Aurora Labs to start first stage of AL250 commercial printer build
Aurora Labs (ASX: A3D) has finalised the detail design work of its AL250 3D commercial printer and is about to embark on the first stage of the physical build.
The company said procured components are now being assembled and built for incorporation into the machine frame for testing and validation.
Importantly the printer will enable bi-directional recoating of powders integrated with Aurora’s patented MCP technology.
It will help improve the laser on-time and further increase duty cycles and efficiencies of the printing system.
It will also support research into the further development of MCP (multi-layer concurrent printing) functionality in laser powder bed fusion technology.
Tracking to plan
Chief executive officer Rebekah Letheby said the project was tracking to plan.
“This physical printer build will materialise into the first machine which will be our premier flagship printer model,” she said.
“It is great to see a high quality, precision machine being built with Australian engineering at its core… the AL250 will be a best-in-class printer with robustness and reliability for its industrial users.”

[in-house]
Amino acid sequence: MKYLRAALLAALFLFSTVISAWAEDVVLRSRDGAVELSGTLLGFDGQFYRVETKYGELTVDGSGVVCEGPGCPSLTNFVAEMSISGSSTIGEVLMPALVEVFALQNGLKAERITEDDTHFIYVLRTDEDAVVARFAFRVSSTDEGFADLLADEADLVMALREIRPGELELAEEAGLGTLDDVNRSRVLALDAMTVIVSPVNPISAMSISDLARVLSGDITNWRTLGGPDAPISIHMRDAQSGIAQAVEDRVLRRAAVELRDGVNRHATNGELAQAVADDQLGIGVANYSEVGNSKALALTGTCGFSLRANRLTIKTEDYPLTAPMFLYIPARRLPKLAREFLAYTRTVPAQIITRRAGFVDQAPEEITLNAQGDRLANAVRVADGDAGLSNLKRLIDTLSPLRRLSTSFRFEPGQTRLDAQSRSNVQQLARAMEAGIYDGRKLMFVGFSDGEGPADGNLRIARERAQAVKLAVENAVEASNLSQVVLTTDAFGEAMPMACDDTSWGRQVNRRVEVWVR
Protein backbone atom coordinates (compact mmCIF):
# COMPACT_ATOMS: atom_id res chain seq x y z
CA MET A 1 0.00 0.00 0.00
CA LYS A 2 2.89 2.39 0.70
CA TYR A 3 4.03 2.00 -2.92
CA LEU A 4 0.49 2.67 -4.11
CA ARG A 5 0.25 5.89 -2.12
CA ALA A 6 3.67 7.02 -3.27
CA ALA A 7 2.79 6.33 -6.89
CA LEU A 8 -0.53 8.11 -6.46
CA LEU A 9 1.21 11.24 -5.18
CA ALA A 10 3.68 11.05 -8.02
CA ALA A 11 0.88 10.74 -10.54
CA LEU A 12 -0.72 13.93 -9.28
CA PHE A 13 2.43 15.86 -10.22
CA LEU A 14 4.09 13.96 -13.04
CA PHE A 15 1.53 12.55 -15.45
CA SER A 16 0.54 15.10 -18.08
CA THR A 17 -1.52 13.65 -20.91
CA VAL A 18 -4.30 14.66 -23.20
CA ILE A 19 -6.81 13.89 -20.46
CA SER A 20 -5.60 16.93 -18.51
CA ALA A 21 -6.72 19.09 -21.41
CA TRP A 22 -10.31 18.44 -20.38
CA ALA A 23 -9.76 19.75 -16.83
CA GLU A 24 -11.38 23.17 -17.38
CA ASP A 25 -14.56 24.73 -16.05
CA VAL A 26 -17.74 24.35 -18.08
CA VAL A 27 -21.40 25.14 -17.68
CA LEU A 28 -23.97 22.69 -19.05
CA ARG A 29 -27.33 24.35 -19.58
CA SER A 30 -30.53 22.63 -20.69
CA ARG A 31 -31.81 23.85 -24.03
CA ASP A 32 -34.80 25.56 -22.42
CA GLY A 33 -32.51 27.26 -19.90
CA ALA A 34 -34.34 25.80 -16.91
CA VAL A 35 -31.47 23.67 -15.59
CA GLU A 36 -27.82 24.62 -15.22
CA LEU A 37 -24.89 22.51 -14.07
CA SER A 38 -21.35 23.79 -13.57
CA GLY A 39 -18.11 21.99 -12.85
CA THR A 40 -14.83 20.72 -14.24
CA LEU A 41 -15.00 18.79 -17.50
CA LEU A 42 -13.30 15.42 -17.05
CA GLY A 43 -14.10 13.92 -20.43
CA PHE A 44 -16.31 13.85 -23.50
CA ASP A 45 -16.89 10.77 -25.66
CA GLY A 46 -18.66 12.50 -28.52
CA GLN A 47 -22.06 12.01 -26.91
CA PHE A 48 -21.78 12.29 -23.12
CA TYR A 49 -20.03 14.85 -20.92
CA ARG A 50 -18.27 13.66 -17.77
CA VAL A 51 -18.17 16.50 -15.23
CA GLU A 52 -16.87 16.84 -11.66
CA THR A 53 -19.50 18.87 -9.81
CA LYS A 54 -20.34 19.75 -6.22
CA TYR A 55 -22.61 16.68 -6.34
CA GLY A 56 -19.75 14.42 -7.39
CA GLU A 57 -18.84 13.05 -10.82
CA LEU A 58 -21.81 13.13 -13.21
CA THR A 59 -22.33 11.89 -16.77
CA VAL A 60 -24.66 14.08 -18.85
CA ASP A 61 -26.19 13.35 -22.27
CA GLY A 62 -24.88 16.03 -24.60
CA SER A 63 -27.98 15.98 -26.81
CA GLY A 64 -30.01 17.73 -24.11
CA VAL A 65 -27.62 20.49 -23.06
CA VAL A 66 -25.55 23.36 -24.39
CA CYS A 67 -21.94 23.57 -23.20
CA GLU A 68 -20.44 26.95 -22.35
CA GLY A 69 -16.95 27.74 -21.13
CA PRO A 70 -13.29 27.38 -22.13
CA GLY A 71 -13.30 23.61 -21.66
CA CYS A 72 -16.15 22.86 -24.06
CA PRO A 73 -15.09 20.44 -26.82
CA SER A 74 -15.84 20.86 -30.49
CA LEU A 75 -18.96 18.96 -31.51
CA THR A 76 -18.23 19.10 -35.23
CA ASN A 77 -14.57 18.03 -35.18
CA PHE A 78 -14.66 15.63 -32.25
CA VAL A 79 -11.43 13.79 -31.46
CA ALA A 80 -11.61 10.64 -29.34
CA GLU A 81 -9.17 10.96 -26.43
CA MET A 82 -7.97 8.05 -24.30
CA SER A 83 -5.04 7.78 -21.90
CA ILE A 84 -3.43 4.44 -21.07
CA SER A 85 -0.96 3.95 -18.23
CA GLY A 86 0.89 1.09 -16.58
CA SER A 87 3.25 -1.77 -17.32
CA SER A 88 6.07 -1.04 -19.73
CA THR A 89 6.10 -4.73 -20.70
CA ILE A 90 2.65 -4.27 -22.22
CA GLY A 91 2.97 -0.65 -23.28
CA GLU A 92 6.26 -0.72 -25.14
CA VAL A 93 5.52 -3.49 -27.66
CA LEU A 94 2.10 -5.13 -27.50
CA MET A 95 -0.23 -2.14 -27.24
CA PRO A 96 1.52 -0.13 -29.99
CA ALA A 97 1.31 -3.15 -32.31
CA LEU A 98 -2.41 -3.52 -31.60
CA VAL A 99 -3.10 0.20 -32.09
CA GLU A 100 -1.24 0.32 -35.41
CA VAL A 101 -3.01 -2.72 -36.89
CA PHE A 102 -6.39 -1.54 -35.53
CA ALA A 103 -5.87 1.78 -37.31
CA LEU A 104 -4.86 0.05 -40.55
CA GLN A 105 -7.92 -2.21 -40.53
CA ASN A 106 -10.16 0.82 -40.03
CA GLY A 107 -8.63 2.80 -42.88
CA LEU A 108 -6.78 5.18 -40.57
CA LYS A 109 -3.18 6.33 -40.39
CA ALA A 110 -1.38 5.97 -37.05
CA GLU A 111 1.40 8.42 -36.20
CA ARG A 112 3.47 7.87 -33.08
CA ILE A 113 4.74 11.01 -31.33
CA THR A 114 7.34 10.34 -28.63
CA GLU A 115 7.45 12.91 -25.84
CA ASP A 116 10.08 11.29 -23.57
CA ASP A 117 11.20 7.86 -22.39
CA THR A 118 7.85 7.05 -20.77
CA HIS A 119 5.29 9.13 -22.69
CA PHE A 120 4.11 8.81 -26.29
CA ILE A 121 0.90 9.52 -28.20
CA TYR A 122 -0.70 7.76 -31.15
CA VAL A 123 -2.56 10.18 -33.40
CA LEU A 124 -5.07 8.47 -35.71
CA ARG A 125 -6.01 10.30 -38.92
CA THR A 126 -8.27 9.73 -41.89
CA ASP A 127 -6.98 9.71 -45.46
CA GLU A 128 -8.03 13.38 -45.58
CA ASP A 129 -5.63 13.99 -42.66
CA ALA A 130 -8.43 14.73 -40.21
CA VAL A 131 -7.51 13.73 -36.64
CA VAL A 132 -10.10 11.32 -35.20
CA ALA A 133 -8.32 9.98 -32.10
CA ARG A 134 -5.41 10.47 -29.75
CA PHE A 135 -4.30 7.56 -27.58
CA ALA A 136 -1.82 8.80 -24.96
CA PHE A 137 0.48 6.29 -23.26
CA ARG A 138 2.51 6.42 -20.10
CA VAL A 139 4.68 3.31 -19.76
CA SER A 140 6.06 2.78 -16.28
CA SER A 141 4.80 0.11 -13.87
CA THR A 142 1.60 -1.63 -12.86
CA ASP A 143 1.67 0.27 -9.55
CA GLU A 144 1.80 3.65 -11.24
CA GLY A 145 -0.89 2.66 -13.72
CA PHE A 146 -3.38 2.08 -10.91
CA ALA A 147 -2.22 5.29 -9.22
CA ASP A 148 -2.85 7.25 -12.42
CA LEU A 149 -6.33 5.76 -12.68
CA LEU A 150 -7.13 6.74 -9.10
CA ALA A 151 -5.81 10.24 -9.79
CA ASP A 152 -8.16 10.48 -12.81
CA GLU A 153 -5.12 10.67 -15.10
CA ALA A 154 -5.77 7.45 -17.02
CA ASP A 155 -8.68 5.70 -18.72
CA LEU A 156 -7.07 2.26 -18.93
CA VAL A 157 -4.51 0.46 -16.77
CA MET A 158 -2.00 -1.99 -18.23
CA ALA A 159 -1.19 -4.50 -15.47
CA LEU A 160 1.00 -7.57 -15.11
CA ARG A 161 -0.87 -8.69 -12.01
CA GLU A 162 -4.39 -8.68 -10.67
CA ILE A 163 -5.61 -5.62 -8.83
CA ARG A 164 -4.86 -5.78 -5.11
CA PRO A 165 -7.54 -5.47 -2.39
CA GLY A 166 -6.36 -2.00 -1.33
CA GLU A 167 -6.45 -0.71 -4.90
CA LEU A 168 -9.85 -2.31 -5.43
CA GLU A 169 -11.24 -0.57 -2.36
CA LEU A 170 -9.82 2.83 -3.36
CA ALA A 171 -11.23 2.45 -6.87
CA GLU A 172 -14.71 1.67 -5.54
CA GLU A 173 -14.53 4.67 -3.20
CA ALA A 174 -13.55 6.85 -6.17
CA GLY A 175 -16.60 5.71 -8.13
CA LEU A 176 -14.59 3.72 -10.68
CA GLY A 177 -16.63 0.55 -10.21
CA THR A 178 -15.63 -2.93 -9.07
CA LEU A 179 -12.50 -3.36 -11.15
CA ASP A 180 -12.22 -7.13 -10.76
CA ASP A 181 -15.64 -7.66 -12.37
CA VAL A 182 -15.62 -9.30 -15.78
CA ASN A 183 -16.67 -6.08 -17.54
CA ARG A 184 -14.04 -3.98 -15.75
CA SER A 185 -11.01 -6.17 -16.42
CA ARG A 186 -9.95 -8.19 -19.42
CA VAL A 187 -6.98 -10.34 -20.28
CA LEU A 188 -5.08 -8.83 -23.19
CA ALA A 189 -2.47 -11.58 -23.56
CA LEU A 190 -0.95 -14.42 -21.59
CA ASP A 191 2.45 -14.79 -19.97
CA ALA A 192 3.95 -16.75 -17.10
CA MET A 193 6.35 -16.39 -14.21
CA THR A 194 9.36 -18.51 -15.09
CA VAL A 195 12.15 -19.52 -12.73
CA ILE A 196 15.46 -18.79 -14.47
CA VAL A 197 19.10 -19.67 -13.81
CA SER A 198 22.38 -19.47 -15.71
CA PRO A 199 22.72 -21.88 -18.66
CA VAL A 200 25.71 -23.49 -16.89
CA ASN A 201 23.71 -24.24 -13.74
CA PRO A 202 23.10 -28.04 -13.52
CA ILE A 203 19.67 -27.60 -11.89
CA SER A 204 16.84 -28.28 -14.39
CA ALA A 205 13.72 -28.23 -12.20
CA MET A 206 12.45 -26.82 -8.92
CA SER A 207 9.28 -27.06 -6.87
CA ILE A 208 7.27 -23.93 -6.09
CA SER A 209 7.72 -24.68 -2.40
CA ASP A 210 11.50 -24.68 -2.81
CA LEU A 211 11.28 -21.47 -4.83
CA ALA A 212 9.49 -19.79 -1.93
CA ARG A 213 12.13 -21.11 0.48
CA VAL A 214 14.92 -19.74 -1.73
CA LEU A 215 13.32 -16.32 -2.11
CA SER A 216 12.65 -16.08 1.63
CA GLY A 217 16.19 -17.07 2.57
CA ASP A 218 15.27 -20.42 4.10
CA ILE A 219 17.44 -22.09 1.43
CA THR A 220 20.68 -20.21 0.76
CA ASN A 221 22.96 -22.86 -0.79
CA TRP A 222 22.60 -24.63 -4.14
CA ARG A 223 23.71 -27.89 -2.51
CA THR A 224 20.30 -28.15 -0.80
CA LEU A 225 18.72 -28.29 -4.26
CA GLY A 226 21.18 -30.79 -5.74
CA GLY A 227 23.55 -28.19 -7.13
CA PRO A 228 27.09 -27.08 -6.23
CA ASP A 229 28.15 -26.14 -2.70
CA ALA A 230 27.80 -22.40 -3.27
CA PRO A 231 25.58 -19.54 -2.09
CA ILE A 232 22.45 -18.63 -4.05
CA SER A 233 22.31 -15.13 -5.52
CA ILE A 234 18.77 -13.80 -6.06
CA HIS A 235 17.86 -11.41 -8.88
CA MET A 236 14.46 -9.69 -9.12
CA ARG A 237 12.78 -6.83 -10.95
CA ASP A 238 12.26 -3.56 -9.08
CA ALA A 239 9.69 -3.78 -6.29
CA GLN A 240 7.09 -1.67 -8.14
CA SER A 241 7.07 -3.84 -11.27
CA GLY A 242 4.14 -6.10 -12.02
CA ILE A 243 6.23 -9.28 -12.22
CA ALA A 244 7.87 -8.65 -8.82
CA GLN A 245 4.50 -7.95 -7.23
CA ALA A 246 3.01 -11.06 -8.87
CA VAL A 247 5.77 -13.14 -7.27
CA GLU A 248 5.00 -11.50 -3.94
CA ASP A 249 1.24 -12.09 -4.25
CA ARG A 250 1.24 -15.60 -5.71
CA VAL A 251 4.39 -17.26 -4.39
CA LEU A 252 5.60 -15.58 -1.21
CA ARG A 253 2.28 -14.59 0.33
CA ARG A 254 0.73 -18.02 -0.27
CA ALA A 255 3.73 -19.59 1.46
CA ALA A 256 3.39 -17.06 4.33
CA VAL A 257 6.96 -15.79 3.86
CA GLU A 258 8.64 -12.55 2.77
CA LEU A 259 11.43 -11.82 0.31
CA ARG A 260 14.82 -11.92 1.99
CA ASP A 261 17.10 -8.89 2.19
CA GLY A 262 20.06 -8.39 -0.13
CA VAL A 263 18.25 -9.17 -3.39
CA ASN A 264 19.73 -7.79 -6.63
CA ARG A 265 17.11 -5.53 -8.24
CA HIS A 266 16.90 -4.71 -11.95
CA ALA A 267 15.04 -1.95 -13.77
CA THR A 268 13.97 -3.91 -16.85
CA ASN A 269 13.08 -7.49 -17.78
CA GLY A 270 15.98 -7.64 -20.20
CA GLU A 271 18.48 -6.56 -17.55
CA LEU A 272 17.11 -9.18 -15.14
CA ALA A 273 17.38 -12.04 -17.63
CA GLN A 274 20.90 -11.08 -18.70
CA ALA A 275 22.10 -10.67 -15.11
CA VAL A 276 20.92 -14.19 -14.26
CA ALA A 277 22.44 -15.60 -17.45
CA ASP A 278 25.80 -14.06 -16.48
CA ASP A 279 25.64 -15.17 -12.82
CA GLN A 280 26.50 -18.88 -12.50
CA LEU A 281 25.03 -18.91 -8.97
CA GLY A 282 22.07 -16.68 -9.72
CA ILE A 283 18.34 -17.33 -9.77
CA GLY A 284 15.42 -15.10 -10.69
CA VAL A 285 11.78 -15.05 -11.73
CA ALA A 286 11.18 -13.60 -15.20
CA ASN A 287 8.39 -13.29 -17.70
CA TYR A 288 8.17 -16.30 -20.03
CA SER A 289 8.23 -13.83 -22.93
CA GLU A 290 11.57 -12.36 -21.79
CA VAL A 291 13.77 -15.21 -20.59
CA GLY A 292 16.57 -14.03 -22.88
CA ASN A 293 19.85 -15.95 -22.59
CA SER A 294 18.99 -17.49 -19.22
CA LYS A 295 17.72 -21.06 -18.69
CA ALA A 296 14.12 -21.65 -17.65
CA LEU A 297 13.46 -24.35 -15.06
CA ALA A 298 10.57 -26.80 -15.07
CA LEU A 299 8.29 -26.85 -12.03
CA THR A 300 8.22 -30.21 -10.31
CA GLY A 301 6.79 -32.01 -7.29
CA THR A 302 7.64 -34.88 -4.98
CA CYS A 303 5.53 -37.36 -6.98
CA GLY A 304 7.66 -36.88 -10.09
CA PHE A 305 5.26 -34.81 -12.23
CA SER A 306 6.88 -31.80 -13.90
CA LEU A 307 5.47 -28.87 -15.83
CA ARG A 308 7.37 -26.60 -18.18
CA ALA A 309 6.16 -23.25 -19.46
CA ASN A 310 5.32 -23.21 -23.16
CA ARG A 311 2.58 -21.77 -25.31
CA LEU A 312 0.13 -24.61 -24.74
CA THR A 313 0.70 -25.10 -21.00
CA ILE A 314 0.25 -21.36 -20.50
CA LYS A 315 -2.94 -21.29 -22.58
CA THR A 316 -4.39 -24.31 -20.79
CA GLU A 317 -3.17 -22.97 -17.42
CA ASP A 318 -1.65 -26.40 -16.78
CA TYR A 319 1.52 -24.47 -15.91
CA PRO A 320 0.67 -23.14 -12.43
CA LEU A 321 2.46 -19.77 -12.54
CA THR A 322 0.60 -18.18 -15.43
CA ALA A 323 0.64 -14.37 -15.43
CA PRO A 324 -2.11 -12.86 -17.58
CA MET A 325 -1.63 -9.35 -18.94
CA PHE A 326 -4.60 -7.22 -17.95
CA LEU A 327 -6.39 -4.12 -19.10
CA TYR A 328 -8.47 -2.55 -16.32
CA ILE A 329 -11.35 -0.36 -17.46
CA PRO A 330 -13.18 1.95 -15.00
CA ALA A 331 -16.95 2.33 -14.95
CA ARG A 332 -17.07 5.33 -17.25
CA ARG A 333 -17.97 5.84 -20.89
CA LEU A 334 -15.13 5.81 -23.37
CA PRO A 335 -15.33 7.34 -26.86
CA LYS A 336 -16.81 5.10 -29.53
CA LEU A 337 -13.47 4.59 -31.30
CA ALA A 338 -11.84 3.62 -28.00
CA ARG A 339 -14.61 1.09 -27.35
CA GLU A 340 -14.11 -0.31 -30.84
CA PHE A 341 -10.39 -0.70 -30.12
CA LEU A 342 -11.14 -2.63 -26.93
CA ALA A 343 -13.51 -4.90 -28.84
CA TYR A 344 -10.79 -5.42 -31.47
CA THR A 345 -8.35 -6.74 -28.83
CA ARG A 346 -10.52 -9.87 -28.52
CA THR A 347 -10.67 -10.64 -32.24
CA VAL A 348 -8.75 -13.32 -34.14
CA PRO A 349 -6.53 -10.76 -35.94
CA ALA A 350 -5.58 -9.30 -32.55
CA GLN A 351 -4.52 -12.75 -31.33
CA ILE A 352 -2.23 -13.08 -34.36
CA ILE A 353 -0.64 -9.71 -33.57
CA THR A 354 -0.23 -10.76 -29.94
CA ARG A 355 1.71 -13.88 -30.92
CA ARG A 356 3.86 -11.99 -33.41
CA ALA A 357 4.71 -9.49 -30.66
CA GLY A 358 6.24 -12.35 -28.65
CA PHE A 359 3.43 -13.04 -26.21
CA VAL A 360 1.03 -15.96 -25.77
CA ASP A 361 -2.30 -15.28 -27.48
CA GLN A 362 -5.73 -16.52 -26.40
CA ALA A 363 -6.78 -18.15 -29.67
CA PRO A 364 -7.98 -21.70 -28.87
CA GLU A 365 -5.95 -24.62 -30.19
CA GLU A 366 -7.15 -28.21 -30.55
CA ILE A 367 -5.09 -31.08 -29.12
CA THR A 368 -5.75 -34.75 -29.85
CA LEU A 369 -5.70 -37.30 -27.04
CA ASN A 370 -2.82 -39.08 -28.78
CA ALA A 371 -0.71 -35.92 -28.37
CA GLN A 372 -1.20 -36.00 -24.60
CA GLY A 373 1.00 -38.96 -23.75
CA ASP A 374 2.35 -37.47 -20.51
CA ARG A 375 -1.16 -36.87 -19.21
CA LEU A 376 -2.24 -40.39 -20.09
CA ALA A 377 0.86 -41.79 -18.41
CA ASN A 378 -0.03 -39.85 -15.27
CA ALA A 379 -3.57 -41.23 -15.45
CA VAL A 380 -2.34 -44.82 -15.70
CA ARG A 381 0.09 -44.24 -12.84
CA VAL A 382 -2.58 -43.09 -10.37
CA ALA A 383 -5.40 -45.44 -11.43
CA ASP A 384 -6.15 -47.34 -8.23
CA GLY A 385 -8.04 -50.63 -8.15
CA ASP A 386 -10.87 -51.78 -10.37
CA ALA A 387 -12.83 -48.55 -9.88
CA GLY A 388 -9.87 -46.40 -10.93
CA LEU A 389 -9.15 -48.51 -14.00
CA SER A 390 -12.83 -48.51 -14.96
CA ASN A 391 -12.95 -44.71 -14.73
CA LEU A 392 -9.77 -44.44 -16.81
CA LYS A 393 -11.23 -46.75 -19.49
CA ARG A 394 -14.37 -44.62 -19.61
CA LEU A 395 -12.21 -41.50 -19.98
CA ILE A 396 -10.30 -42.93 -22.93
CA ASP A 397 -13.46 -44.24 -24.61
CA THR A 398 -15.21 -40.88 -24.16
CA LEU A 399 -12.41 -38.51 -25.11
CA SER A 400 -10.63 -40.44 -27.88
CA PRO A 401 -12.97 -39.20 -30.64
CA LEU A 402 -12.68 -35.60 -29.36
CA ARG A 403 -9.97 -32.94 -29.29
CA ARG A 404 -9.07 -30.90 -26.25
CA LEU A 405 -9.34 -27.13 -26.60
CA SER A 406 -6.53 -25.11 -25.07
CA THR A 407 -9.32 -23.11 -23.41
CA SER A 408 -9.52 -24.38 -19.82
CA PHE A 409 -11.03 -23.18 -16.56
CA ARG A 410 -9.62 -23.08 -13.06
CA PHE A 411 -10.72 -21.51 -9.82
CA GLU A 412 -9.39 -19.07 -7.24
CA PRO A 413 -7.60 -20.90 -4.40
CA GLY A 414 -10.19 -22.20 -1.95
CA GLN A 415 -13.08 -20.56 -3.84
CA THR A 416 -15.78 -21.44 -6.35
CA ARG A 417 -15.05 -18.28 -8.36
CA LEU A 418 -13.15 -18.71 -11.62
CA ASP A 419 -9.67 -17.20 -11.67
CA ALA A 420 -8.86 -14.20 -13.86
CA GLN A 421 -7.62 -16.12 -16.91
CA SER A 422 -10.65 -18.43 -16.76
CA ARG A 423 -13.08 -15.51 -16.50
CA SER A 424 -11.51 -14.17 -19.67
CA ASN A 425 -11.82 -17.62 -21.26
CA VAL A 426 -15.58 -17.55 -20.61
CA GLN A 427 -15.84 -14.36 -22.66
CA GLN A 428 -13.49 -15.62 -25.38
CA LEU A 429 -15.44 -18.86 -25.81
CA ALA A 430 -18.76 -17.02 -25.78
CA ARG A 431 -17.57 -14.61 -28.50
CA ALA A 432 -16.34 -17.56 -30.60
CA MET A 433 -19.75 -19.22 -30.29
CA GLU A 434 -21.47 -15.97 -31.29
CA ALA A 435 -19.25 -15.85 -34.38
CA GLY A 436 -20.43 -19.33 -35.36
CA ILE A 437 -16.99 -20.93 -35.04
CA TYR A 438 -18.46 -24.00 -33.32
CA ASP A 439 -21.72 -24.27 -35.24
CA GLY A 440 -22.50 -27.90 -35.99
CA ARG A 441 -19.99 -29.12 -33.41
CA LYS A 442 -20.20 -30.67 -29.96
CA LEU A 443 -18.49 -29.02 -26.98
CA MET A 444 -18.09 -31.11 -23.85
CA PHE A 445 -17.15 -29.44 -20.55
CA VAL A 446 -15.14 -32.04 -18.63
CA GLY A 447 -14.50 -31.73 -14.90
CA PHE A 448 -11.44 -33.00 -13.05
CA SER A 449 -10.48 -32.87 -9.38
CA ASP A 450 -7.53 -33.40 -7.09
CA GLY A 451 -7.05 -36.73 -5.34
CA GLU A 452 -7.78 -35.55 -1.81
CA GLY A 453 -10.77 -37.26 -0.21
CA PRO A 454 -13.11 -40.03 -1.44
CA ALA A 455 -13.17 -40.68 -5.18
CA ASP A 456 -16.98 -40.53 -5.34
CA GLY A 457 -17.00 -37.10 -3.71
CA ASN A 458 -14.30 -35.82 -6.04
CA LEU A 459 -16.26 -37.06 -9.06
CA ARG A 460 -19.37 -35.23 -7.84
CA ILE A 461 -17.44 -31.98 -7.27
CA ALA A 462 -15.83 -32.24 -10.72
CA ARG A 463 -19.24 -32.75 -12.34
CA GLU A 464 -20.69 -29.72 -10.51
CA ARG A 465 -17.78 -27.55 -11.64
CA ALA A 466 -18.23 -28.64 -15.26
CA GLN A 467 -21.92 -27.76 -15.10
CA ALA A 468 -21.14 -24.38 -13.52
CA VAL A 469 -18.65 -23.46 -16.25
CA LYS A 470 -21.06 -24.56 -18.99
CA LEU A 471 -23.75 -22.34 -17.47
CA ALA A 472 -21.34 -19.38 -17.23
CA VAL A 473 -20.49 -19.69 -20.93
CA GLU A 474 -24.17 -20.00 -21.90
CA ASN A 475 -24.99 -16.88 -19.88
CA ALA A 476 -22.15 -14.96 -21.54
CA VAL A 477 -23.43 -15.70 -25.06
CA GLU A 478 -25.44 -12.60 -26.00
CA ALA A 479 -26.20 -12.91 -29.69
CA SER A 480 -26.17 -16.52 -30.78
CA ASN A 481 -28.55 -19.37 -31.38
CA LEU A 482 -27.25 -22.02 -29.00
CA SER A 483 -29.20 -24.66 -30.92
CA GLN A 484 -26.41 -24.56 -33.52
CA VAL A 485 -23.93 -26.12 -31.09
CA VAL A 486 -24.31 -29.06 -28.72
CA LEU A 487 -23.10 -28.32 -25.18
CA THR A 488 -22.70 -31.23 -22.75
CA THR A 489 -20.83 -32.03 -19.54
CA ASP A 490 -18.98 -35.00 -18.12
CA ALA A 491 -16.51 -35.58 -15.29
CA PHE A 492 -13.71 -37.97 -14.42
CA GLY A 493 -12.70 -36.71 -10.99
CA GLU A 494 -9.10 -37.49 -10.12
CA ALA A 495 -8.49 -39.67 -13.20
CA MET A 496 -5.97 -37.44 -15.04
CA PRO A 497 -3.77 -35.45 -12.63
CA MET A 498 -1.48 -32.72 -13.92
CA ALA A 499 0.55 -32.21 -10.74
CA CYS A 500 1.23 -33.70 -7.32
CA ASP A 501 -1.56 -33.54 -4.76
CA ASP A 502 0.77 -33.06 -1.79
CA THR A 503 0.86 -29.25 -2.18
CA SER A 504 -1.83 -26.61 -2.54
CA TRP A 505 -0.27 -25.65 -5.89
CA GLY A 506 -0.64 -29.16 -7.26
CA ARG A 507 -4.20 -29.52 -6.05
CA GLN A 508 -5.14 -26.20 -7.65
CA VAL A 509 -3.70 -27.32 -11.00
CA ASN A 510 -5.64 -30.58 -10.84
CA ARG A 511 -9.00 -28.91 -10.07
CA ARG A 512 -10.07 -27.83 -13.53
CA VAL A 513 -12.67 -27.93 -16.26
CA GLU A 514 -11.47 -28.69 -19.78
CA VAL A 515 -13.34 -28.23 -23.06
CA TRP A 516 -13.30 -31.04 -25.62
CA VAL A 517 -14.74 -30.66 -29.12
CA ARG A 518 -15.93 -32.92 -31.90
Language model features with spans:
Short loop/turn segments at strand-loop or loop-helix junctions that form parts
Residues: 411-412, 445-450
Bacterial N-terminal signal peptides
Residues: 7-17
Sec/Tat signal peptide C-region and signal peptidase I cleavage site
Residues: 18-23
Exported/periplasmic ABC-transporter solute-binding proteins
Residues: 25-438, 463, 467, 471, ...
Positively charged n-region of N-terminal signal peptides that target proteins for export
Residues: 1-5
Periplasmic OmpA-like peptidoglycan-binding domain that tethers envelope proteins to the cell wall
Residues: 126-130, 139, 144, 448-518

Ms Letheby said the printer would incorporate cutting-edge features.
“Features such as dynamic adjustment of layer height and a proprietary powder dosing mechanism which conditions the powder just prior to delivery will be useful for material research,” she said.
“This mechanism can also move non-spherical shaped powder which opens up a world of material development including the ability to laser inexpensive crushed or non-spherical powders, many which remain unexplored in laser powder bed fusion.”
She said it would have key elements aimed at improving the productivity and research potential of the additive manufacturing concept.
Once the AL250 is built, Aurora will initially print sample validation parts to assess part quality prior to commencing sales to growing industrial verticals such as the energy, mineral processing and defence sectors.
The first machine will be used to support Aurora’s own additive manufacturing services business and potential users will be able to assess the printer before purchasing.
“This offers buyers assurance that correct quality and appropriate standards can be reached for printed parts and print processes,” Ms Letheby said.